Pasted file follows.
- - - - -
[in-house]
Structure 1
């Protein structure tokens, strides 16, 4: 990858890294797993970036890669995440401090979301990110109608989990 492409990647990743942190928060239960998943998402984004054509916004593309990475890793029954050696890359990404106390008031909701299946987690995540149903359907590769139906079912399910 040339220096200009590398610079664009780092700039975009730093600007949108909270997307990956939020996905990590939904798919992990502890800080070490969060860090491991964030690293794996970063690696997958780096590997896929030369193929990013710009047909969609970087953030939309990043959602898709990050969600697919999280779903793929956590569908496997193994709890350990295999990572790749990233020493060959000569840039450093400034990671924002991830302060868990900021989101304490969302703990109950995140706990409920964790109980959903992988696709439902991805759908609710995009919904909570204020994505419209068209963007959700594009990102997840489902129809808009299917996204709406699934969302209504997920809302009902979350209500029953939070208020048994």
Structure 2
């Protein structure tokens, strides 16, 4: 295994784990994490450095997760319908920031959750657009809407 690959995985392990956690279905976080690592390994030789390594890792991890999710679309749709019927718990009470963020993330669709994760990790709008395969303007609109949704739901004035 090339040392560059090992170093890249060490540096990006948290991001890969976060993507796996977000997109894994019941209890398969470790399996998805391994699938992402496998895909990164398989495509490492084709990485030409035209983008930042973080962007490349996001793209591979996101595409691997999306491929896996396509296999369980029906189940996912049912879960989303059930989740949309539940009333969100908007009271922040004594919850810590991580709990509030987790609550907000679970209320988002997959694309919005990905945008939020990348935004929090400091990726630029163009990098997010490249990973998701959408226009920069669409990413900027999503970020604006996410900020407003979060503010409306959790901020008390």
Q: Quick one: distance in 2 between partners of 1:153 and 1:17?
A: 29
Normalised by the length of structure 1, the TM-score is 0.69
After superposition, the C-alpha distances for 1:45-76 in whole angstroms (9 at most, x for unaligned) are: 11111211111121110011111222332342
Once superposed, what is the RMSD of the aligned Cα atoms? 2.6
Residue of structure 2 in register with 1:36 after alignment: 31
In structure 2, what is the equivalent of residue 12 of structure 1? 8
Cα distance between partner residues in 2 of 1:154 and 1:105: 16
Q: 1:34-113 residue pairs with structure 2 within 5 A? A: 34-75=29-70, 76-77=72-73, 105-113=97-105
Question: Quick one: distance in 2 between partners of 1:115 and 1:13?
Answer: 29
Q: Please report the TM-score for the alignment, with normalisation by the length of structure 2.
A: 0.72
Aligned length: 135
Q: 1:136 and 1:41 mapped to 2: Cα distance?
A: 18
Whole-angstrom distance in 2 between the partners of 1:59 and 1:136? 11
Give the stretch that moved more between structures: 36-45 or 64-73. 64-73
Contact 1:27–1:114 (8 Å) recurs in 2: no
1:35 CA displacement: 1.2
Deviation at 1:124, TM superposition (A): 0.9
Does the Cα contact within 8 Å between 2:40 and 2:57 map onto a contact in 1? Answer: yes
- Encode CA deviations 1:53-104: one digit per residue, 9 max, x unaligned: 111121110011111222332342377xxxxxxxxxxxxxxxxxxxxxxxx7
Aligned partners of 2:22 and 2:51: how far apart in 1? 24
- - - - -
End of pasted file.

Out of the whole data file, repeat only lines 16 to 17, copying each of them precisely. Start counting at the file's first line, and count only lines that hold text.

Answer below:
Answer: 29
Q: Please report the TM-score for the alignment, with normalisation by the length of structure 2.